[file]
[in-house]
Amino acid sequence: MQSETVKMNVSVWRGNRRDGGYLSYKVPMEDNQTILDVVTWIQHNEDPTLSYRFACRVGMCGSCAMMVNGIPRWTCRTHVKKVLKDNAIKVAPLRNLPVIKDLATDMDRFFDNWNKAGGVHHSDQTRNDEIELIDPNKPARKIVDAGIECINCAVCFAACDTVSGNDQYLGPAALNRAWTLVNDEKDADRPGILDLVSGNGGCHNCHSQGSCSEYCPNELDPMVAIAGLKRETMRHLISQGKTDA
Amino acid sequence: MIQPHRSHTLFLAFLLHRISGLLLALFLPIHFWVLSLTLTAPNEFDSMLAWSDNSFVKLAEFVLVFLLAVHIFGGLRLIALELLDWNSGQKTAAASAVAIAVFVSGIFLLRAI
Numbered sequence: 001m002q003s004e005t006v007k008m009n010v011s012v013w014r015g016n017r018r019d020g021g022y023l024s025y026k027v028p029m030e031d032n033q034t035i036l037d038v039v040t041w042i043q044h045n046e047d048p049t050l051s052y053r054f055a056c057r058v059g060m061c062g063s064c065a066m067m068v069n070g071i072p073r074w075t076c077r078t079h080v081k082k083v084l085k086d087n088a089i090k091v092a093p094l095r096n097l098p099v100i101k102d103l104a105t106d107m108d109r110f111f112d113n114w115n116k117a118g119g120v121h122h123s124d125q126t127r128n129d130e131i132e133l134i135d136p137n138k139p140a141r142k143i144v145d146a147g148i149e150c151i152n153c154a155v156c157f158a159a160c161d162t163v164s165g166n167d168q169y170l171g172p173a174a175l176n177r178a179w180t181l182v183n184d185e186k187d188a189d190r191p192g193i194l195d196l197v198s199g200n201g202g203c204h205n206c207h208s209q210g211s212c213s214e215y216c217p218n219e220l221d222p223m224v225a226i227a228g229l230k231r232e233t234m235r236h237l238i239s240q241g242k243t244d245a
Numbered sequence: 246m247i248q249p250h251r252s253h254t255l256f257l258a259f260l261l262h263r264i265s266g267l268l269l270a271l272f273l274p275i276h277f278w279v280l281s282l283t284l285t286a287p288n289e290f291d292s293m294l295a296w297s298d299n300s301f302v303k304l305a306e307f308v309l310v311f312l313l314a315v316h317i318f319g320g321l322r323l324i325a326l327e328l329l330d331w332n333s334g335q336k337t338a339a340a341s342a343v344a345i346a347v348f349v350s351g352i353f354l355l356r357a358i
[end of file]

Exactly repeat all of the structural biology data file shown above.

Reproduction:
[in-house]
Amino acid sequence: MQSETVKMNVSVWRGNRRDGGYLSYKVPMEDNQTILDVVTWIQHNEDPTLSYRFACRVGMCGSCAMMVNGIPRWTCRTHVKKVLKDNAIKVAPLRNLPVIKDLATDMDRFFDNWNKAGGVHHSDQTRNDEIELIDPNKPARKIVDAGIECINCAVCFAACDTVSGNDQYLGPAALNRAWTLVNDEKDADRPGILDLVSGNGGCHNCHSQGSCSEYCPNELDPMVAIAGLKRETMRHLISQGKTDA
Amino acid sequence: MIQPHRSHTLFLAFLLHRISGLLLALFLPIHFWVLSLTLTAPNEFDSMLAWSDNSFVKLAEFVLVFLLAVHIFGGLRLIALELLDWNSGQKTAAASAVAIAVFVSGIFLLRAI
Numbered sequence: 001m002q003s004e005t006v007k008m009n010v011s012v013w014r015g016n017r018r019d020g021g022y023l024s025y026k027v028p029m030e031d032n033q034t035i036l037d038v039v040t041w042i043q044h045n046e047d048p049t050l051s052y053r054f055a056c057r058v059g060m061c062g063s064c065a066m067m068v069n070g071i072p073r074w075t076c077r078t079h080v081k082k083v084l085k086d087n088a089i090k091v092a093p094l095r096n097l098p099v100i101k102d103l104a105t106d107m108d109r110f111f112d113n114w115n116k117a118g119g120v121h122h123s124d125q126t127r128n129d130e131i132e133l134i135d136p137n138k139p140a141r142k143i144v145d146a147g148i149e150c151i152n153c154a155v156c157f158a159a160c161d162t163v164s165g166n167d168q169y170l171g172p173a174a175l176n177r178a179w180t181l182v183n184d185e186k187d188a189d190r191p192g193i194l195d196l197v198s199g200n201g202g203c204h205n206c207h208s209q210g211s212c213s214e215y216c217p218n219e220l221d222p223m224v225a226i227a228g229l230k231r232e233t234m235r236h237l238i239s240q241g242k243t244d245a
Numbered sequence: 246m247i248q249p250h251r252s253h254t255l256f257l258a259f260l261l262h263r264i265s266g267l268l269l270a271l272f273l274p275i276h277f278w279v280l281s282l283t284l285t286a287p288n289e290f291d292s293m294l295a296w297s298d299n300s301f302v303k304l305a306e307f308v309l310v311f312l313l314a315v316h317i318f319g320g321l322r323l324i325a326l327e328l329l330d331w332n333s334g335q336k337t338a339a340a341s342a343v344a345i346a347v348f349v350s351g352i353f354l355l356r357a358i